Well, a star was born this week, in the eyes of the American media at least. Vladimir Guerrero Jr. put on quite a show at the All Star Game’s Home Run Derby, setting a new record for the event with 91 dingers. Even though he came runner-up to another rookie phenom, Pete Alonso of the Mets, USA Today declared VG “the real winner” and it was clear by and large the media and fans were rooting for our #27. It was a great reminder as to the potential this young guy holds and why with a bit of pitching help, Toronto could be back in the thick of things soon. In the meantime, let’s finish off the list of Toronto’s best-ever and today we go off field.
Toronto has had 16 managers through the years, give or take. Counting them isn’t quite as simple as you might think, given several of them, including Cito, have come back for a second kick at the can, and others have been short-term or “interim” – remember Cookie Rojas, manager? No, neither do most fans (wonder if Cookie himself does?), but he was listed as manager for three days in 2001. Similarly, catcher Russell Martin is not included officially but was given the job of managing the final game last season after the Jays and John Gibbons had parted ways.
Speaking of “Gibby”, he merits consideration. He spent two tours in the Toronto dugout, has managed the second-most games and won the second-most (793), having a better than .500 record through his 11 full or partial seasons in charge. He took over from a redoubtable Carlos Tosca in 2004 and turned the season around, then came back in 2013 when surly John Farrell asked to leave town and go to his beloved Boston organization. Gibbons was a breath of fresh air, approachable and having a great balance of being easy-going and a buddy to his players with an iron fist when needed.
Likewise, Bobby Cox, who went on to greatness in Atlanta, deserves notice too, for being the manager that helped Toronto rise to greatness and in fact won the team’s only Manager of the Year award, in 1985 (the first time the Jays made the post-season.) His .549 winning percentage was best among managers who stuck around for a year or more, but his four years here don’t quite rank with Gibbons and his fellow San Antonionian – Clarence “Cito” Gaston.
Gaston was somewhat unusual among Toronto managers in coming from a pretty decent playing career. He was an outfielder from 1967-78, mostly with San Diego and Atlanta and he was a 1970 All Star, when he hit .318 with 29 home runs. All of which seemed to make him an ideal hitting instructor, which he was for the Jays for several seasons. His eye for detail and quiet nature paid dividends in the improvements in the hitting of Jesse Barfield, George Bell, Damo Garcia and others in the early years of winning. He was still doing that in spring 1989. But the team got off to a dismal start (12-24) seemed disinterested and at least a few players in the clubhouse seemed to have given up on Jimy Williams. The team asked Gaston to become manager. “When I was offered the job as manager, I didn’t want it. I was happy working as the hitting instructor,” he later told a magazine. But he got talked into it, and the Blue Jays rocketed up the division, going 77-49 the rest of the way under Cito and winning their second division title. Another followed in 1991, then ’92 and ’93, the pair of years he wears World Series rings from. By 1997, ownership had changed, the payroll had been cut and the Skydome was no longer drawing 4 million fans a year as the Jays fell from contention. He was fired in the last week of the season, replaced (also seemingly less than willingly) by pitching coach Mel Queen, who’d win four games in his managerial career.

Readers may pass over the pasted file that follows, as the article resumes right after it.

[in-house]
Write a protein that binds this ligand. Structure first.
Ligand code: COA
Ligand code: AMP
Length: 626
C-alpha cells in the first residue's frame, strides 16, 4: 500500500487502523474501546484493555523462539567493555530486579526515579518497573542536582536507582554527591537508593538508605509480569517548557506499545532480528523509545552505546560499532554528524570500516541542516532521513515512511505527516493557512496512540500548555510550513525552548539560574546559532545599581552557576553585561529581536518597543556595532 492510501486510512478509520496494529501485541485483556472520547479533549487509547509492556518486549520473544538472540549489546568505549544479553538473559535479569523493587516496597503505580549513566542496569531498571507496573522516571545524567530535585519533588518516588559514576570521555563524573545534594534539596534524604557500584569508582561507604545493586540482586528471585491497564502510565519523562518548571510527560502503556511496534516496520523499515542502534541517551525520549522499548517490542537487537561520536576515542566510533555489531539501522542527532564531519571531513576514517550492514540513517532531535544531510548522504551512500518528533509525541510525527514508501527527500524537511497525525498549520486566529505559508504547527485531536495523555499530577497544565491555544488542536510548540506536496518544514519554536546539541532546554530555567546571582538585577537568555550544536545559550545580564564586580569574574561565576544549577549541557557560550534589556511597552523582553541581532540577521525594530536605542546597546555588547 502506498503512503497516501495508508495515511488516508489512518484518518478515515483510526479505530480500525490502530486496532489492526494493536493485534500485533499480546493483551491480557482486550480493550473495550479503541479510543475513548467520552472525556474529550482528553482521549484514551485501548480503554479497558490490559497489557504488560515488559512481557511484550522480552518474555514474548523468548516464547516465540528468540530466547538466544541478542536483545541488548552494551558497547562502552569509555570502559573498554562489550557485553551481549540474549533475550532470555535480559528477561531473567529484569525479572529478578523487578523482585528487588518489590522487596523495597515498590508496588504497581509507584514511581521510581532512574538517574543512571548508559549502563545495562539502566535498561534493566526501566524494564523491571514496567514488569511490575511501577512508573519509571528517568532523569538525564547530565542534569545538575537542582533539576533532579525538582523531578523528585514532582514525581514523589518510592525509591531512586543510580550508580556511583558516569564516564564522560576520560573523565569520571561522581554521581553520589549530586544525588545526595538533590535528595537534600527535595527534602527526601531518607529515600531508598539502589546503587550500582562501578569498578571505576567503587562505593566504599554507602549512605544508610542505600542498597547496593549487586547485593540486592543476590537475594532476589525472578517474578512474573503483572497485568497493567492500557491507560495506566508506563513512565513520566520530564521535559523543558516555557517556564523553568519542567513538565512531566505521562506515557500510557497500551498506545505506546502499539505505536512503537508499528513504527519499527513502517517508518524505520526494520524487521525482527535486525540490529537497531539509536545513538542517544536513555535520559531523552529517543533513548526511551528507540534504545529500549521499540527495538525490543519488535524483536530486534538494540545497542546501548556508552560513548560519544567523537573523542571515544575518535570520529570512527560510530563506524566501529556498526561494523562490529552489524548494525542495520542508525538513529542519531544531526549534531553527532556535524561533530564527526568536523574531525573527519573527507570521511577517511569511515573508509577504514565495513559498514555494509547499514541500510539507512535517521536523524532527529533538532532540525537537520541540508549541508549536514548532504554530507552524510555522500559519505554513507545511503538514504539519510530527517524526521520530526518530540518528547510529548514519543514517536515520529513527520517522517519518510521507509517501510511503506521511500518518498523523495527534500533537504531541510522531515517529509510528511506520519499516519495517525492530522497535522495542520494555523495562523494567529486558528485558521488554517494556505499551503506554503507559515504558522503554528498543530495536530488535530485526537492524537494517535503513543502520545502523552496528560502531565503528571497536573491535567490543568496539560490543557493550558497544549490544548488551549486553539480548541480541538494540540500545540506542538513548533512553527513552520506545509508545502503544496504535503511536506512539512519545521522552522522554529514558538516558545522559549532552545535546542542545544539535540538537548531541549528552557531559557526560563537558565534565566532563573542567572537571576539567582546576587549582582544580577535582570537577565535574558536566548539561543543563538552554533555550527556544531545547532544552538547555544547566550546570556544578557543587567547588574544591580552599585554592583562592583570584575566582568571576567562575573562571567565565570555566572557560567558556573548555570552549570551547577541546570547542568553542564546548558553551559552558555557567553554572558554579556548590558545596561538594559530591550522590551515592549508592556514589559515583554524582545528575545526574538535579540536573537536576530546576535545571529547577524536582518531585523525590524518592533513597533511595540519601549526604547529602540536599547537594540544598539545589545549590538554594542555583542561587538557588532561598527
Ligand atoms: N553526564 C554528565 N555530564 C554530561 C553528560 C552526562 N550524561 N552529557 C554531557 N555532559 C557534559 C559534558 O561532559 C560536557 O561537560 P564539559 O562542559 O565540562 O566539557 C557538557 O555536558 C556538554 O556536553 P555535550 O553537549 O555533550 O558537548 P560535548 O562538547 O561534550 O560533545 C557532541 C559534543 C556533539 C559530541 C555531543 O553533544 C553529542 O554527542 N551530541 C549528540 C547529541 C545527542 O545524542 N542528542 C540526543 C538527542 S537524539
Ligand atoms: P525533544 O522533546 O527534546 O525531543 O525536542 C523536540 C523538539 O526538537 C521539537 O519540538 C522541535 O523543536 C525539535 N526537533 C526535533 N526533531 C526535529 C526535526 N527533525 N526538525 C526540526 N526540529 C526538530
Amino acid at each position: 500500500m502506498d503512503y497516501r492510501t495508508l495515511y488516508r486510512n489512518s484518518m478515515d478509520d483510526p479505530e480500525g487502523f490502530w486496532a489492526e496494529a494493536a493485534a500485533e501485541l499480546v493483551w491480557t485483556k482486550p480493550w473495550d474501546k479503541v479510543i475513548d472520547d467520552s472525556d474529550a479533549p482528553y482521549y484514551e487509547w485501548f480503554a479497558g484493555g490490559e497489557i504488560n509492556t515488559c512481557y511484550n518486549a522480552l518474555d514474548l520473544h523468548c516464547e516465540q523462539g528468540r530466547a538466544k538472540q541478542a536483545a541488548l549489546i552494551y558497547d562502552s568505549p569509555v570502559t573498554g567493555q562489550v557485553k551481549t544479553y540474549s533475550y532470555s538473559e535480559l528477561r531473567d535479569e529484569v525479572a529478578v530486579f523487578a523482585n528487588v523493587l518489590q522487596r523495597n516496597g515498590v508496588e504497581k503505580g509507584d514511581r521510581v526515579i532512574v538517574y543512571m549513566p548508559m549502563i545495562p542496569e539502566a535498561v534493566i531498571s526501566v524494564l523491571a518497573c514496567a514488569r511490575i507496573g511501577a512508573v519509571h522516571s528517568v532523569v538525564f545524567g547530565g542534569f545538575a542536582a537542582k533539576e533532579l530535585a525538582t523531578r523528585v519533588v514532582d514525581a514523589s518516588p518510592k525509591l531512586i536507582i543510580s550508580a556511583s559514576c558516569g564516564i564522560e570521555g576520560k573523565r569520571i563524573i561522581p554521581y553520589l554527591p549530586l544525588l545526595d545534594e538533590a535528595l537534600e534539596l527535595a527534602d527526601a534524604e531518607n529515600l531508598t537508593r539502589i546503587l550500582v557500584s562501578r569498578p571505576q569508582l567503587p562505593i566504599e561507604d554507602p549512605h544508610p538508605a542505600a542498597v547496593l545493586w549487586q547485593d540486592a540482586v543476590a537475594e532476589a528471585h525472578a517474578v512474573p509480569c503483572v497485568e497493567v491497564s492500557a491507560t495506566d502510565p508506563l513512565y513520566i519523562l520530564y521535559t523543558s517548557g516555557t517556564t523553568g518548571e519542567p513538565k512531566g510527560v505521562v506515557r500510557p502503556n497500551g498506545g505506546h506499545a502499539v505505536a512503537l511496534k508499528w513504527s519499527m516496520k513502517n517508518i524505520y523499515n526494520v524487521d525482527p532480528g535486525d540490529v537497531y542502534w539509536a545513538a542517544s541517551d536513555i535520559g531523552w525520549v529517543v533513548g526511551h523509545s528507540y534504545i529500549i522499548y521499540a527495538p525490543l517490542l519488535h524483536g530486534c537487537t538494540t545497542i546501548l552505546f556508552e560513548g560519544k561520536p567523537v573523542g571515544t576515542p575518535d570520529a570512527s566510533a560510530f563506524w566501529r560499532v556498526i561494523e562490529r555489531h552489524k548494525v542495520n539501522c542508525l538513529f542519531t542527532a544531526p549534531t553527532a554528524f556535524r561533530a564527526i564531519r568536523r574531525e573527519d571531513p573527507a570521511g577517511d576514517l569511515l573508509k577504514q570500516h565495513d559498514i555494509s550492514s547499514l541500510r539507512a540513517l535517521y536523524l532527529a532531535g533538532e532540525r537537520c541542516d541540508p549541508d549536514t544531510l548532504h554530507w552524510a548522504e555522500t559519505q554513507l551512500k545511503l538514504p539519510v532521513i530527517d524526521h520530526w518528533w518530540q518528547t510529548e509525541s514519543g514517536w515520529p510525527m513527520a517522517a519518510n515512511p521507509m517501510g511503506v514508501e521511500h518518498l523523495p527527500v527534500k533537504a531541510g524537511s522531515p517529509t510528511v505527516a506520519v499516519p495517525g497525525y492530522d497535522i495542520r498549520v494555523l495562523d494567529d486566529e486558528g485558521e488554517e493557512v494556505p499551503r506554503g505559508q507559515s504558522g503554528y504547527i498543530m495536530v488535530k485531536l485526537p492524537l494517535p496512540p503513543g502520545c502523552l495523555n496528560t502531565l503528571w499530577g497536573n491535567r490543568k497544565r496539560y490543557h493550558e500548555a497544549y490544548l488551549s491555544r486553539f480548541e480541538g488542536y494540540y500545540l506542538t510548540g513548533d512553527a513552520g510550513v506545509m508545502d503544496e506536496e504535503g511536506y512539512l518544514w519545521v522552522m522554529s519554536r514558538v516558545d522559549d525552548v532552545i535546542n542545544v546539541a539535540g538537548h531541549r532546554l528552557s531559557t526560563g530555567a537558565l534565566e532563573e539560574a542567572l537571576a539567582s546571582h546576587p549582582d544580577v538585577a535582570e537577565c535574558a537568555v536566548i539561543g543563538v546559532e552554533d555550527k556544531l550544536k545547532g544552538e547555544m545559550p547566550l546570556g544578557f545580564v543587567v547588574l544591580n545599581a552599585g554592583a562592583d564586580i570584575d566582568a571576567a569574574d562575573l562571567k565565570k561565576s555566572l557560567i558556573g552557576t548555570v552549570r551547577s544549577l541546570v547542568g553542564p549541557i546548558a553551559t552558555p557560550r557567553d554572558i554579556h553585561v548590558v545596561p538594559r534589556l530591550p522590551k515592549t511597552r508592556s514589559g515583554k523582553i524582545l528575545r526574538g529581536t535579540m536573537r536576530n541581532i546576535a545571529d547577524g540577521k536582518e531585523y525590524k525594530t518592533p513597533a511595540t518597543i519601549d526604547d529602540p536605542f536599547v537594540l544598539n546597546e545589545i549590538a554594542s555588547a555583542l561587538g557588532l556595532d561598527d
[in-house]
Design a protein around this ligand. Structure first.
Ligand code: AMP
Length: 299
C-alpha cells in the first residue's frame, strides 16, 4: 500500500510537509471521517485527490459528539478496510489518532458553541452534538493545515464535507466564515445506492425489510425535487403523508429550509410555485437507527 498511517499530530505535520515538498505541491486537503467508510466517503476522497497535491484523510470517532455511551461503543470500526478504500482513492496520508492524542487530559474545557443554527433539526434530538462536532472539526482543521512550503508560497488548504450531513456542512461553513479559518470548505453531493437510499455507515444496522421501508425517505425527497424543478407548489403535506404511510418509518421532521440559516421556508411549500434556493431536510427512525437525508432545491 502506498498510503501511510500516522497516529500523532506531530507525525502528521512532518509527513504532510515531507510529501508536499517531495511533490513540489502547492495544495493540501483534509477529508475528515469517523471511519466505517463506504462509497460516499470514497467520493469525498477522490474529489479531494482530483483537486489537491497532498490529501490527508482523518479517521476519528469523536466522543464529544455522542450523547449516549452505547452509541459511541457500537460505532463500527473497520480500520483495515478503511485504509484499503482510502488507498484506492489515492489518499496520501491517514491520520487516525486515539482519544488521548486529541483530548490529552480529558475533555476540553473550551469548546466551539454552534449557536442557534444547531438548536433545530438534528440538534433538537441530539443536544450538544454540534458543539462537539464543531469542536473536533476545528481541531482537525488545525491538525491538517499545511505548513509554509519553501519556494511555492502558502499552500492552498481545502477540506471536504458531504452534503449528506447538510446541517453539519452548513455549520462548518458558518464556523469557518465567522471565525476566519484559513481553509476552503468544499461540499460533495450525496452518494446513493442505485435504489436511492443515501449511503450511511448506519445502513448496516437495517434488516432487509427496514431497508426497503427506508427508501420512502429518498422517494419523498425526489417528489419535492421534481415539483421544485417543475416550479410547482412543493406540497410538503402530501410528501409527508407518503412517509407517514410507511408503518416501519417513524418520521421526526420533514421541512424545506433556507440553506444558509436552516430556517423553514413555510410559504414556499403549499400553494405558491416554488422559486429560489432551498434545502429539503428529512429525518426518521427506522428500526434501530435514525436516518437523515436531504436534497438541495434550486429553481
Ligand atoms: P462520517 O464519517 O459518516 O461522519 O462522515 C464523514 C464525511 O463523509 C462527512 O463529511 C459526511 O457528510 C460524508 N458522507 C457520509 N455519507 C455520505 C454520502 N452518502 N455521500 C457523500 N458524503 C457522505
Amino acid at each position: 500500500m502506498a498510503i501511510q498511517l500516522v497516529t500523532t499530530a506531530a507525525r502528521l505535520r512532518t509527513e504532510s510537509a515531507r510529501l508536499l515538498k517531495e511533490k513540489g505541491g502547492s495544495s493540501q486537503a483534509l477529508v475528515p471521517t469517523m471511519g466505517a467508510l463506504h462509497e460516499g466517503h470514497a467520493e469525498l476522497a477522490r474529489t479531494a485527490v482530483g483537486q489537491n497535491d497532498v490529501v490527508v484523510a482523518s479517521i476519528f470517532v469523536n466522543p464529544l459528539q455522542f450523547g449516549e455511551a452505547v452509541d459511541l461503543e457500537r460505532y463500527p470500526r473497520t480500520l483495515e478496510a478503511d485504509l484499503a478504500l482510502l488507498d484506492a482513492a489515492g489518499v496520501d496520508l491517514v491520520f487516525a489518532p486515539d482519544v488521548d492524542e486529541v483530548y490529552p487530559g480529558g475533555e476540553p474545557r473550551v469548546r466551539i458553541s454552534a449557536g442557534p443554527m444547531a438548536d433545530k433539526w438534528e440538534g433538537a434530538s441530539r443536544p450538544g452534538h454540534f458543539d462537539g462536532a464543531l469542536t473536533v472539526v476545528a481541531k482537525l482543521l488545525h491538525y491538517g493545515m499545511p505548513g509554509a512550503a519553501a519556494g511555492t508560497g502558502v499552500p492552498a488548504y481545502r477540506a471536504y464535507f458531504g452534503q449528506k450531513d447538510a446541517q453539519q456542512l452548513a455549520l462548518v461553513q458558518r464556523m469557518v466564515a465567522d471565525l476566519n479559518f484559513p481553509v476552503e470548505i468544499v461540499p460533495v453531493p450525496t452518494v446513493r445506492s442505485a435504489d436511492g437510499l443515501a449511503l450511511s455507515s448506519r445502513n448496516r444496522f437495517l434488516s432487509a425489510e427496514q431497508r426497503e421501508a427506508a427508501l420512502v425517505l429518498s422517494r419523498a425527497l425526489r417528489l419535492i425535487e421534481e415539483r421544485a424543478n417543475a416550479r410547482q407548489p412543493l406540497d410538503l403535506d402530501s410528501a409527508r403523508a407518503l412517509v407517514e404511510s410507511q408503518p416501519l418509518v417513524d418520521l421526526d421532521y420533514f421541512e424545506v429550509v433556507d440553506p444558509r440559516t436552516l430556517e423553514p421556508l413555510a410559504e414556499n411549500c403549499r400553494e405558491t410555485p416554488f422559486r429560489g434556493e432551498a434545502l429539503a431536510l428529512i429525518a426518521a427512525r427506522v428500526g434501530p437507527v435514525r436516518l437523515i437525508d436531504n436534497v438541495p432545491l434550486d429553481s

Then, just like an old TV show found by Netflix, Cito came back. With the team heading towards the 2008 All Star break lethargic and below .500, they fired John Gibbons and brought back Gaston. Like before, he turned the team around and they went 51-35 the rest of the way and fans once again cheered. After a losing 2009 followed by a winning 2010 he retired (and yes, three years later, like the cat in the hat, John Gibbons returned to the job!).
Through the years, he not only was the longest-serving manager for Toronto, he won the most games(894) and still presides over the only two World Series championships for the team. He had a .516 winning percentage, which included time managing a great, highly paid team and other seasons with lesser-talented teams and smaller payrolls.
It would be incomplete to speak of Gaston the manager and not mention that he did have something of a chip on his shoulder. While he got along with most of his players well – particularly the veterans whom he let do their thing and shine – he at times was cranky with the press and didn’t like the MLB offices, accusing both of racism at several points during his career. While I personally don’t think that his race was the reason, it is true he didn’t get a great deal of respect on the national level during Toronto’s glory years. He never won the Manager of the Year award despite the back-to-back championships. I ascribe this to a belief that he didn’t have to “work” with a team loaded with the likes of Roberto Alomar, Paul Molitor and Joe Carter but that ignores the job of dealing with a lot of egos in the clubhouse, working around injuries and actually managing at bat by at bat through the post season to win it all. Gaston was under-rated as a manager, although Toronto has tried to rectify that by putting him on their Level of Excellence (in effect the club’s Hall of Fame.)
As a person who’s spent time in Texas and have visited the state Sport Hall of Fame in Waco, I am surprised Gaston – born and raised, and still residing in San Antonio – hasn’t been enshrined there. If you think he should be, add your name to the petition!
Bring on the “Second half” of the season!